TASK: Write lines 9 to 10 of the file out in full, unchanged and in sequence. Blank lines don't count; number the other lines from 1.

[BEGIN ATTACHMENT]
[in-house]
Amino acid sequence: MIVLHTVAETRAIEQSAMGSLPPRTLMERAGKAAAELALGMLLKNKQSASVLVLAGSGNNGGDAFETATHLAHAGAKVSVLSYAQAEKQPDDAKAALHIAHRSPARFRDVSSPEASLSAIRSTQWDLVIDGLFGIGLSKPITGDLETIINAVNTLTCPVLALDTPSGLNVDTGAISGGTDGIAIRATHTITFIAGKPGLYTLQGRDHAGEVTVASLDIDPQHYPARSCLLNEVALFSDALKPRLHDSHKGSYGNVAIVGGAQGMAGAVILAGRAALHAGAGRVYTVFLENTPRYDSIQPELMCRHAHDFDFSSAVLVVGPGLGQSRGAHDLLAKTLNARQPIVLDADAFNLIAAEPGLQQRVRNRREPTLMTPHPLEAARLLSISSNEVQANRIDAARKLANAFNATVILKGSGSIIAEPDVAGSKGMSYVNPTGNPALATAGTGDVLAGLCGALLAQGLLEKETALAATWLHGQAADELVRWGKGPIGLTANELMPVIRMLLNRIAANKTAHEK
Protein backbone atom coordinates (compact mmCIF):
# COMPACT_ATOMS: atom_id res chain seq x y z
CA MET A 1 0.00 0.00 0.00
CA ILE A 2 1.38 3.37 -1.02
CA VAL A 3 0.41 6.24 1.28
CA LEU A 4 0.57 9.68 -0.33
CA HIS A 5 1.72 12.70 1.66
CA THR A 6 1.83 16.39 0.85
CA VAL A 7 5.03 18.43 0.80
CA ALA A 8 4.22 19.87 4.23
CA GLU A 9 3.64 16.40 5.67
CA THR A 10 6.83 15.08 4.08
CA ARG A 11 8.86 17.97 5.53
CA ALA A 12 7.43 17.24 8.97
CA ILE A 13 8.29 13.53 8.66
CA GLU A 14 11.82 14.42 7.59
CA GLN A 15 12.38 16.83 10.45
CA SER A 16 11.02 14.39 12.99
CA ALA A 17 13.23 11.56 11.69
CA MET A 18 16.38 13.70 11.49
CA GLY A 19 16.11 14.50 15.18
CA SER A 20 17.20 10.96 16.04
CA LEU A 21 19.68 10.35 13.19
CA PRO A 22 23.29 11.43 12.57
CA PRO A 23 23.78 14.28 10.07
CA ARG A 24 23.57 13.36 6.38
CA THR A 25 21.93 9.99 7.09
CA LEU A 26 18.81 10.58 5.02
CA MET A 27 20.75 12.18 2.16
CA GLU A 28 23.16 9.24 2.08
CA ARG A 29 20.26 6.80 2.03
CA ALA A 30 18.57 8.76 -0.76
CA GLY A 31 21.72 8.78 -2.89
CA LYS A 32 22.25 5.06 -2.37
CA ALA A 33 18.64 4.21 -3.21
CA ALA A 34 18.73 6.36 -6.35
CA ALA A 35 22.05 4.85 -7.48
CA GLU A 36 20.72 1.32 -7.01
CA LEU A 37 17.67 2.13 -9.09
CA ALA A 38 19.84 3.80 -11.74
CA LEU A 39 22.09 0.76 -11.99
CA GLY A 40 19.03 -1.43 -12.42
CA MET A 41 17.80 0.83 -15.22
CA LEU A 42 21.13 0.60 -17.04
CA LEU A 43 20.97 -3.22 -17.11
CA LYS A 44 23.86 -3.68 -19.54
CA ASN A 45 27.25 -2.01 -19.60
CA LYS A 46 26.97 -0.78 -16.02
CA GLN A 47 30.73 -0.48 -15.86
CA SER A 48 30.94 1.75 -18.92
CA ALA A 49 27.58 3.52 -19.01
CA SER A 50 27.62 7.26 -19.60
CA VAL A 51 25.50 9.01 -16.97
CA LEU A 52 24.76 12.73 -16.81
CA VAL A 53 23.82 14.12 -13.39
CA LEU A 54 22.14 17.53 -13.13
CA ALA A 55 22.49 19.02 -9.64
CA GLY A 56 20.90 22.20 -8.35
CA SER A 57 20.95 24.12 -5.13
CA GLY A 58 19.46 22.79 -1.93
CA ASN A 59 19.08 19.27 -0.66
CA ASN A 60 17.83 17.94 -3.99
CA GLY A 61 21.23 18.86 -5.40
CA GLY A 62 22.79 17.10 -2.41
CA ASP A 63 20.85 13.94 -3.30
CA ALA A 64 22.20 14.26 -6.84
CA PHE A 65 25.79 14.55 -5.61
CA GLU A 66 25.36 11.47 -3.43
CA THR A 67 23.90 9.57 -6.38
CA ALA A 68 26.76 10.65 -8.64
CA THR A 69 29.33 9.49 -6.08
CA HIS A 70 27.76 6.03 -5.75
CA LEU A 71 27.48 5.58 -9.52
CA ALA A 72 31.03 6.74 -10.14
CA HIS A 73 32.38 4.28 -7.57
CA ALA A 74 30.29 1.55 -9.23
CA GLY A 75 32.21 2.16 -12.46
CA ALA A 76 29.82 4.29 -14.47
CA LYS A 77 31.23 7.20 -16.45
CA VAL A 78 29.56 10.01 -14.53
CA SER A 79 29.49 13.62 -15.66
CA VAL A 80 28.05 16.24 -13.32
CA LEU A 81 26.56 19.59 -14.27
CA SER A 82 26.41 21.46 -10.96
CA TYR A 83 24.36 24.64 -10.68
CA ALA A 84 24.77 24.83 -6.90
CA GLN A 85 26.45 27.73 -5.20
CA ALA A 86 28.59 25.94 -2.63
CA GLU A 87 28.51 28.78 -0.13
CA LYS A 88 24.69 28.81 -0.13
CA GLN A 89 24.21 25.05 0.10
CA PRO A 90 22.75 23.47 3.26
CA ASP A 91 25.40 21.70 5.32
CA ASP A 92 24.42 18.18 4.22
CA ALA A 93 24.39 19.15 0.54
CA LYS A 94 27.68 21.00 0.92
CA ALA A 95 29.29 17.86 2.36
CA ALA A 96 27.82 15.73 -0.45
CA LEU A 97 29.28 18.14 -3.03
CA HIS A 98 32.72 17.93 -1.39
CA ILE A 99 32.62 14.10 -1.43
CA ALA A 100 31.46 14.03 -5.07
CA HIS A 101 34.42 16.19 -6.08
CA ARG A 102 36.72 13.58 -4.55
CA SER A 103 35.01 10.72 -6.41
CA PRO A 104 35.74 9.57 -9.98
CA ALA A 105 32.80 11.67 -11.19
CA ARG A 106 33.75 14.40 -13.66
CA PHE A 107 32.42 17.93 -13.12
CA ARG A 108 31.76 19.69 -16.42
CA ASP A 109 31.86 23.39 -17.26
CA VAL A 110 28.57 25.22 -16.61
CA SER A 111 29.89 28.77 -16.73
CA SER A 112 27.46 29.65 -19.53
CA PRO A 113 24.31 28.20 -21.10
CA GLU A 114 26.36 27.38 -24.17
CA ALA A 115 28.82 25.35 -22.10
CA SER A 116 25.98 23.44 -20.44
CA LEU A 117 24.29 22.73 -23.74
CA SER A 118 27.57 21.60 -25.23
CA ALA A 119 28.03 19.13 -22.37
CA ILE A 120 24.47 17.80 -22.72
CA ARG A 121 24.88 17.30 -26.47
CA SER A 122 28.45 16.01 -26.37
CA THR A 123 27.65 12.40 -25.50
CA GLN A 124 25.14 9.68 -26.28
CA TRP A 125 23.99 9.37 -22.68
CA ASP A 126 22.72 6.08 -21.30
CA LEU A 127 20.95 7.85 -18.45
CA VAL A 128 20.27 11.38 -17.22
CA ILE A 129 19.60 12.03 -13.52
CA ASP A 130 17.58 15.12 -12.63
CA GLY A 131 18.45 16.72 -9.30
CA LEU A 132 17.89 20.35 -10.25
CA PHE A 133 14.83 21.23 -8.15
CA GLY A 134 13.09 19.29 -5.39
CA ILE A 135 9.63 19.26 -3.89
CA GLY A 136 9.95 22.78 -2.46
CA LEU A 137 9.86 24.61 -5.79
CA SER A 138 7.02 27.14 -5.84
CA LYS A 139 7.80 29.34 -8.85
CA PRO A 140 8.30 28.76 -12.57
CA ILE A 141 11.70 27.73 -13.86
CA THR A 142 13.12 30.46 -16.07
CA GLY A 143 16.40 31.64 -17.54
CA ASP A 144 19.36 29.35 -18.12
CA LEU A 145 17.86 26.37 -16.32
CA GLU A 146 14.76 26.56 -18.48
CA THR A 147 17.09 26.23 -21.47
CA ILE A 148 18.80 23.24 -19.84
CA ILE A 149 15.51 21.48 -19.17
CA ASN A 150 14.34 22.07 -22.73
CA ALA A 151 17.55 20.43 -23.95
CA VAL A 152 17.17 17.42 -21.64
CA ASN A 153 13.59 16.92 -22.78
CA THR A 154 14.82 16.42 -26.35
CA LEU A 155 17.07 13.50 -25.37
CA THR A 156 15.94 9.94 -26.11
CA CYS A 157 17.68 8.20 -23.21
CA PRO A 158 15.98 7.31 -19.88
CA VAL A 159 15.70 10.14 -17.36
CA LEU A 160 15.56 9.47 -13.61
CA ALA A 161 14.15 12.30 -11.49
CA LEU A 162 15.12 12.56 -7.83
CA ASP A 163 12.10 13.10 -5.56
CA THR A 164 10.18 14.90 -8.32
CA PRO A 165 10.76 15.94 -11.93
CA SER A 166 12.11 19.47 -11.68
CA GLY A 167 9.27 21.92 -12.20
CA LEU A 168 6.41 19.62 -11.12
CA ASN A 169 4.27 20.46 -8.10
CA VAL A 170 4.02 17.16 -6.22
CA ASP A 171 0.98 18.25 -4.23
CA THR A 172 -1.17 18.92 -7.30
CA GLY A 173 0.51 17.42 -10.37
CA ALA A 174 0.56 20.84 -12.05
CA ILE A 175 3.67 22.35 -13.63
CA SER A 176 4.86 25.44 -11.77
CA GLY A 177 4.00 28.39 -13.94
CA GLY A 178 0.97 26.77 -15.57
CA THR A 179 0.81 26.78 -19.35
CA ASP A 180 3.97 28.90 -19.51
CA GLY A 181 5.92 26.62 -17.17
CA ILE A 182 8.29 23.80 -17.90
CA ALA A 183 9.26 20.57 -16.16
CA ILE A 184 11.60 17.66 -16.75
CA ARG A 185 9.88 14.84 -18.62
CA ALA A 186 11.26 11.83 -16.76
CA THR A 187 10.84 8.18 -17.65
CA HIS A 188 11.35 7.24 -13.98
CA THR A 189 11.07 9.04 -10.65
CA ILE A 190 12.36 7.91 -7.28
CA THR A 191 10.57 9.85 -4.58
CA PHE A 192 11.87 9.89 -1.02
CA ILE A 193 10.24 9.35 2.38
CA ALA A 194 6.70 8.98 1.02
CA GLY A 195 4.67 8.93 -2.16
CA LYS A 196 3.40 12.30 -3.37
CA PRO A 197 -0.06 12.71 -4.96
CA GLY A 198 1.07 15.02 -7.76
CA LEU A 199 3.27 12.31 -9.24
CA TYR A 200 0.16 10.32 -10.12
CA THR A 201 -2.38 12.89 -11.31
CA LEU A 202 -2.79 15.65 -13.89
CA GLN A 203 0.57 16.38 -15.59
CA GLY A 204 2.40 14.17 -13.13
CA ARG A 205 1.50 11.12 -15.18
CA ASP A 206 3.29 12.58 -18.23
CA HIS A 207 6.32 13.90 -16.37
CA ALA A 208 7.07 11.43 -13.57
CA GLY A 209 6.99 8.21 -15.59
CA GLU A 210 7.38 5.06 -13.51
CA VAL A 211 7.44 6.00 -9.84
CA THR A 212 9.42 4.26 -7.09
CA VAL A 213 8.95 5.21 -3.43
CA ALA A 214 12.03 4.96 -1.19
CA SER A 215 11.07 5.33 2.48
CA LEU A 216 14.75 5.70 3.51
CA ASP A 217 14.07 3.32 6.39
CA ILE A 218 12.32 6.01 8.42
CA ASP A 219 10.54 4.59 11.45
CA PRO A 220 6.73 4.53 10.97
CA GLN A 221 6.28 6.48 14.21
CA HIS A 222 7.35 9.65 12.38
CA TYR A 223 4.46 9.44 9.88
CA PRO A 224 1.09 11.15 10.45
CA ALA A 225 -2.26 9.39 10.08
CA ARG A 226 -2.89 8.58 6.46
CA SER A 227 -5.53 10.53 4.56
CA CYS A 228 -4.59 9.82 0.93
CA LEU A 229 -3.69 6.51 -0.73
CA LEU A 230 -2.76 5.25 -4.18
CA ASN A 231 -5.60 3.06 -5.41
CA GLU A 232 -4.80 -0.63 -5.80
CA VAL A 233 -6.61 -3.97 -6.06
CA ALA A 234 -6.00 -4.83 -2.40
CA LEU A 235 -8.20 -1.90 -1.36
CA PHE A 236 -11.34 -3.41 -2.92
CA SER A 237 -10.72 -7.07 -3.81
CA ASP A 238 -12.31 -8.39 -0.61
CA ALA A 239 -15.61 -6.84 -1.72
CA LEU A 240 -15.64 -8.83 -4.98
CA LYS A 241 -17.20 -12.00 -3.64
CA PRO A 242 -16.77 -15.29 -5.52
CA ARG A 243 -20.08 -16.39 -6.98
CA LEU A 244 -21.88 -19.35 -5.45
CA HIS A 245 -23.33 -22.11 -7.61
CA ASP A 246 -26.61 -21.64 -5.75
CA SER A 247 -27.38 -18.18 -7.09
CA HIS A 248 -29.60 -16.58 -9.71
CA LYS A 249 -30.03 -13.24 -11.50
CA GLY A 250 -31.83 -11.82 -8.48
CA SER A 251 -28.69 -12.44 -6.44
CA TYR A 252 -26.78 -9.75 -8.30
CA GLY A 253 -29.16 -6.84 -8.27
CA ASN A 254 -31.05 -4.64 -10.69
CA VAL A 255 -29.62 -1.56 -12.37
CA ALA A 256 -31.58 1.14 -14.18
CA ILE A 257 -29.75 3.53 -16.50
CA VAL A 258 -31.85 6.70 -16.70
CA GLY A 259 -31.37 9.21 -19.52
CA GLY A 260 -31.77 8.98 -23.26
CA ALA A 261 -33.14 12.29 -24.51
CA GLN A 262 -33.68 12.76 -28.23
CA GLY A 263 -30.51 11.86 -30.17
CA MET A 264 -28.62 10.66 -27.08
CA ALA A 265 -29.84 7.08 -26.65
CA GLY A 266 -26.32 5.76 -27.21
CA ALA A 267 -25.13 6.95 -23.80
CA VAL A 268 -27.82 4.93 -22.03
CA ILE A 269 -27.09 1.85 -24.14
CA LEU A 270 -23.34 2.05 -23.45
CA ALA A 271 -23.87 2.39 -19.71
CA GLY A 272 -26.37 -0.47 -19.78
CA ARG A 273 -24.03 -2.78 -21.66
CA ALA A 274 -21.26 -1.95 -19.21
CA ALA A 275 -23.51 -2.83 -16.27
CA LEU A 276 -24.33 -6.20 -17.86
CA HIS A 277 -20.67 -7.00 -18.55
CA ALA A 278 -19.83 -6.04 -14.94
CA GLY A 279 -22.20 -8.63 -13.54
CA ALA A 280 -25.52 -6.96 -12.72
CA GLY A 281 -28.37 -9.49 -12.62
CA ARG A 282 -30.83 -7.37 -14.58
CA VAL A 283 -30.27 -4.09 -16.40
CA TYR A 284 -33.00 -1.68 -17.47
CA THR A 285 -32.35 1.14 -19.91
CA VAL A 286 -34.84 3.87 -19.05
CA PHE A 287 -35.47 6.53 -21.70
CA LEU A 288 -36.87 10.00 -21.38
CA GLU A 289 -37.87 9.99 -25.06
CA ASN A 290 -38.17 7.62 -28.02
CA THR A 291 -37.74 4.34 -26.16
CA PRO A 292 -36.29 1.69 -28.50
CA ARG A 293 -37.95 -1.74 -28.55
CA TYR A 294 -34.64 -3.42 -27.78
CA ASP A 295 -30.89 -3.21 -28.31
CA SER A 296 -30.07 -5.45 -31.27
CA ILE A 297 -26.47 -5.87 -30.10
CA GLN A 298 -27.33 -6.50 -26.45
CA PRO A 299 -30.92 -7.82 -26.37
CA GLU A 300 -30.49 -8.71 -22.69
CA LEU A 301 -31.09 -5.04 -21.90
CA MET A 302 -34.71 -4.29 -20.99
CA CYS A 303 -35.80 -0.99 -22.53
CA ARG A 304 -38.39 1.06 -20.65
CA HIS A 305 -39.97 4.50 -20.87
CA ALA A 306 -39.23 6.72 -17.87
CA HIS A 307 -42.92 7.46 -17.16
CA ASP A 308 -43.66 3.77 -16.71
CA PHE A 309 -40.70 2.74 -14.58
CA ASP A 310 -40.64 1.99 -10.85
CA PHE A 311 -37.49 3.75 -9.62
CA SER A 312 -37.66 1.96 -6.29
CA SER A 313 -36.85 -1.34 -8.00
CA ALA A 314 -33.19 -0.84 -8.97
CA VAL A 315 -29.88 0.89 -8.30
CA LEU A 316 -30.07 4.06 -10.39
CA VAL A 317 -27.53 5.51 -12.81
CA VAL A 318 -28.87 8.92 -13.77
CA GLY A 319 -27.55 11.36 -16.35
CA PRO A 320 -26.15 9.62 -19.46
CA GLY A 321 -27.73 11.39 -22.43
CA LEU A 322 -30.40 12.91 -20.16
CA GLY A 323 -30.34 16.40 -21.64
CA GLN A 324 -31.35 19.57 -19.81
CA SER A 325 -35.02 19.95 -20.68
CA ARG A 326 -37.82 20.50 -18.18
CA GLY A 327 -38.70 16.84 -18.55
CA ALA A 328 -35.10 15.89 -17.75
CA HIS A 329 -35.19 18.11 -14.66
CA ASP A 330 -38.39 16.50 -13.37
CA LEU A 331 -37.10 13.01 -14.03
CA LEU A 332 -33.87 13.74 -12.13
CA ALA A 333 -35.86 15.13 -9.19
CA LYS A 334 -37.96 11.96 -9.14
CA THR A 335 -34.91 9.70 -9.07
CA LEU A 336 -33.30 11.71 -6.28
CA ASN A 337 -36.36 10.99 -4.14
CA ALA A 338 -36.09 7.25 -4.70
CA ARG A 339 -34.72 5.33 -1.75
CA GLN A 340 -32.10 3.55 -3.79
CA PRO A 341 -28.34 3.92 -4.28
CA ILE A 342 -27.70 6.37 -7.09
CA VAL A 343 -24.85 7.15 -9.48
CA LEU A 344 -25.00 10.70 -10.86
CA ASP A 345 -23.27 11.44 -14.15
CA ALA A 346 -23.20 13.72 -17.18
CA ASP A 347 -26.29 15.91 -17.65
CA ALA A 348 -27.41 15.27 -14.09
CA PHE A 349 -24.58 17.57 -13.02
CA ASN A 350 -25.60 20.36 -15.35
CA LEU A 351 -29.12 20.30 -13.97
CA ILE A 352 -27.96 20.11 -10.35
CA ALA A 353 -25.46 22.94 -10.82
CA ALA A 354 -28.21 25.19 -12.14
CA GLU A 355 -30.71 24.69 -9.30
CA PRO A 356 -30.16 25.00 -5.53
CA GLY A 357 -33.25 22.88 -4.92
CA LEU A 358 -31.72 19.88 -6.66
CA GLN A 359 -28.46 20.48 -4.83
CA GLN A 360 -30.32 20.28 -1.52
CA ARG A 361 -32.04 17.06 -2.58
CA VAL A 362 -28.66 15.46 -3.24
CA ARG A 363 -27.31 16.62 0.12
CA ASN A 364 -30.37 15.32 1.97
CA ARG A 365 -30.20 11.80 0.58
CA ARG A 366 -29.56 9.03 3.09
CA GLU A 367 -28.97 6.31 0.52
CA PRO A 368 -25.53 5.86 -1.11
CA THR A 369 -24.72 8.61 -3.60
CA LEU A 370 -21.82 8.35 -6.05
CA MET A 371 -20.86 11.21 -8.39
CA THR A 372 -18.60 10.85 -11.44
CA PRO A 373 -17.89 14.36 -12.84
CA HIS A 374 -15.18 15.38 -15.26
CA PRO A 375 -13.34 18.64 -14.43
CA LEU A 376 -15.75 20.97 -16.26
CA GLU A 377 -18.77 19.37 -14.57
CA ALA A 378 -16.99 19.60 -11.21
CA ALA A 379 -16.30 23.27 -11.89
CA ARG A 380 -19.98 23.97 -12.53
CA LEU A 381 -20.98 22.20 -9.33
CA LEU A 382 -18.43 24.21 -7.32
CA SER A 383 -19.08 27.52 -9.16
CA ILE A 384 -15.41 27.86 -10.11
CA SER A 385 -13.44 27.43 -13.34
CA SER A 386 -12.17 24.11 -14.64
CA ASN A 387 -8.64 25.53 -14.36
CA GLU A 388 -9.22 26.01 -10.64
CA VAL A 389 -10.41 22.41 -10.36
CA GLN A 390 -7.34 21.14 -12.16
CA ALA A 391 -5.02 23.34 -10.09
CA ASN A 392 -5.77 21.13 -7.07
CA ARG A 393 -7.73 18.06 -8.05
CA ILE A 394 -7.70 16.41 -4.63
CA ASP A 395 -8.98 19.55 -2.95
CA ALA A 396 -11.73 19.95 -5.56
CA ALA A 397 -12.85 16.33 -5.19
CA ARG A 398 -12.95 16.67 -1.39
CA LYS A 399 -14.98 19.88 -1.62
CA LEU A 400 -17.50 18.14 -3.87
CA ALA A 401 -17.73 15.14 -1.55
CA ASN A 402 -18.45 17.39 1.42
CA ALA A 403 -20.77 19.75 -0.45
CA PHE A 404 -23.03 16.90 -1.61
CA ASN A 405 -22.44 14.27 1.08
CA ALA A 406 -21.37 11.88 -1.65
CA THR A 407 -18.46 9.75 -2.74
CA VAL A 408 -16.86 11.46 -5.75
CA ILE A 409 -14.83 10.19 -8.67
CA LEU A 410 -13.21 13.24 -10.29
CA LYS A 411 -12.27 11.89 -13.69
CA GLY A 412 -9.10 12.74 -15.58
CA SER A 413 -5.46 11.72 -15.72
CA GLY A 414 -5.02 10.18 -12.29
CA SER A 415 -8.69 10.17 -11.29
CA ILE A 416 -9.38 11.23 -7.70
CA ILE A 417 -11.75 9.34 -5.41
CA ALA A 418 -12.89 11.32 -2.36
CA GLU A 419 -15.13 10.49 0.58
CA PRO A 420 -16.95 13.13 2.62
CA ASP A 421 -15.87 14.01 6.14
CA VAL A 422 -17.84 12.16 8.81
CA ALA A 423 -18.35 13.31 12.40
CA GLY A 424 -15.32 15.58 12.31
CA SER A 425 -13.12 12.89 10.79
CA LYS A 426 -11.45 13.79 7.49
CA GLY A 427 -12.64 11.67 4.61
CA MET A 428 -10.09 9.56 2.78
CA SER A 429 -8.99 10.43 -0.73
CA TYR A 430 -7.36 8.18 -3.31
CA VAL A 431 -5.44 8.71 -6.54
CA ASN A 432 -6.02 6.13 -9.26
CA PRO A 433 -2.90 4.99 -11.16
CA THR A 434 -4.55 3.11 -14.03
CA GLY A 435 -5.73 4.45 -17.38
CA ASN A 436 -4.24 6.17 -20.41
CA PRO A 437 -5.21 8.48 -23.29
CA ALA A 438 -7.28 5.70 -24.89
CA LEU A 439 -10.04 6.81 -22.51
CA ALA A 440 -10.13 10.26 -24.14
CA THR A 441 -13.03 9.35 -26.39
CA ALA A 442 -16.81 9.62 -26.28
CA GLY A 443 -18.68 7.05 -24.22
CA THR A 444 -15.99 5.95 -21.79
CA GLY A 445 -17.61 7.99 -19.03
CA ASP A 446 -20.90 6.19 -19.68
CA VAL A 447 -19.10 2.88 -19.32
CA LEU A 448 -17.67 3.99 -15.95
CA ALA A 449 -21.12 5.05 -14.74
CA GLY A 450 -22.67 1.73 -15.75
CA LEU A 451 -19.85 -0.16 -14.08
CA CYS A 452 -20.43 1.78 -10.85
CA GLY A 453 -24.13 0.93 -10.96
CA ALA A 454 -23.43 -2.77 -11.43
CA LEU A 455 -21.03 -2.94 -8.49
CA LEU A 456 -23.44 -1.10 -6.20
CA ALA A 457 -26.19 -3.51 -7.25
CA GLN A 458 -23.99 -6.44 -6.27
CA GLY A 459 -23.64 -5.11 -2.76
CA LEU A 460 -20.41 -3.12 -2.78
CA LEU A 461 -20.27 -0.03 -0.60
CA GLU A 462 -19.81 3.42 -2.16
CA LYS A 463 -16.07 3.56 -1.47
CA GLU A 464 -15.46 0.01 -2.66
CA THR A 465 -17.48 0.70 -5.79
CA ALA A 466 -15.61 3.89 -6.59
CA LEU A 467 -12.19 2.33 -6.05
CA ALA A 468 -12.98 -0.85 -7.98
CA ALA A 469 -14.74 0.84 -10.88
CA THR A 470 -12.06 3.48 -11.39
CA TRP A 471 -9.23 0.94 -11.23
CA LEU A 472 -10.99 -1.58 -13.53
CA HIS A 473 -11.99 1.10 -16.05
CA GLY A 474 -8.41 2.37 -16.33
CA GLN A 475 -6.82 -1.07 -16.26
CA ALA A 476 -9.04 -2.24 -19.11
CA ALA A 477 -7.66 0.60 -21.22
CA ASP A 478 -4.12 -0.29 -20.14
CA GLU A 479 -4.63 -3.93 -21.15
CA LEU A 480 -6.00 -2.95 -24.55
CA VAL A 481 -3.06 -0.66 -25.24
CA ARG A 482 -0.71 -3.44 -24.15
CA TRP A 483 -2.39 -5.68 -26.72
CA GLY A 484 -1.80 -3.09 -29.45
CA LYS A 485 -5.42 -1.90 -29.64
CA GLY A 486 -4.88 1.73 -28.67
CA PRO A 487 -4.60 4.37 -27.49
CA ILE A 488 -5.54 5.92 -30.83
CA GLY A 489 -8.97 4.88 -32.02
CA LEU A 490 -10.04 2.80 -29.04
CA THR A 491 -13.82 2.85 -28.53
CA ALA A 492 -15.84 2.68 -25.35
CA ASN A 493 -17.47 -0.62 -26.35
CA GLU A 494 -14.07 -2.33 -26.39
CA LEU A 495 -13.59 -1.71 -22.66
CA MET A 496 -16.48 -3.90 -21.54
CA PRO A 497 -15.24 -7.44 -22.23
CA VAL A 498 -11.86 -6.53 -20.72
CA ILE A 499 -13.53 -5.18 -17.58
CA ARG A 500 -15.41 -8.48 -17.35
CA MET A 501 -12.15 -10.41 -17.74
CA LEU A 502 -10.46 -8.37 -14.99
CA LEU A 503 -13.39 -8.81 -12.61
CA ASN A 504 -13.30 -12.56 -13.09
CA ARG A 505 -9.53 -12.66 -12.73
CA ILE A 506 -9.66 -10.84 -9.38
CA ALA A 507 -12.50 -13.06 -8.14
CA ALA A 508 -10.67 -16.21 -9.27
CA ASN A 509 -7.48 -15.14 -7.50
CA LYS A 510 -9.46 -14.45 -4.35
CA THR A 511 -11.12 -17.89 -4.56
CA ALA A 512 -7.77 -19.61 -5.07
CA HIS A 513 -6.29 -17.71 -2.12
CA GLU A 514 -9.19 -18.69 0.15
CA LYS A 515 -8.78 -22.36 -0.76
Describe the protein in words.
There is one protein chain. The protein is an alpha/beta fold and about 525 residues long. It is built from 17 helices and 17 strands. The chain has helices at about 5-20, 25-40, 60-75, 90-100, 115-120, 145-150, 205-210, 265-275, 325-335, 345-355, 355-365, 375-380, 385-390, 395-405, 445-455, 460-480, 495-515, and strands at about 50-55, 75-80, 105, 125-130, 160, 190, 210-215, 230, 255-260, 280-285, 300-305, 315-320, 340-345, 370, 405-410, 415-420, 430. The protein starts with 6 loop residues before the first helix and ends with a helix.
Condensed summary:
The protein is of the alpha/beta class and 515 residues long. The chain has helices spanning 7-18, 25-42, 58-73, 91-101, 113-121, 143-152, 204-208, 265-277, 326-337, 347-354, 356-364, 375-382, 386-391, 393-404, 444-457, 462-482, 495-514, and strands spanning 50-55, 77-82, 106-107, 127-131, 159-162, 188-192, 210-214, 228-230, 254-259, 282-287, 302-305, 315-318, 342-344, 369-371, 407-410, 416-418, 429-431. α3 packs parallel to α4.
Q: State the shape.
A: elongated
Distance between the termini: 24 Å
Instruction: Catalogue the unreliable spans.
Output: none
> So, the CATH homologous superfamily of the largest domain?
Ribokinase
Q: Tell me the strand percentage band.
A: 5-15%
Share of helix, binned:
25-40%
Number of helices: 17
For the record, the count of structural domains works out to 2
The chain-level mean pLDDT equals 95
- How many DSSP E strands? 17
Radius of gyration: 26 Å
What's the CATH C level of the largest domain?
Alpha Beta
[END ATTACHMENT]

CA HIS A 5 1.72 12.70 1.66
CA THR A 6 1.83 16.39 0.85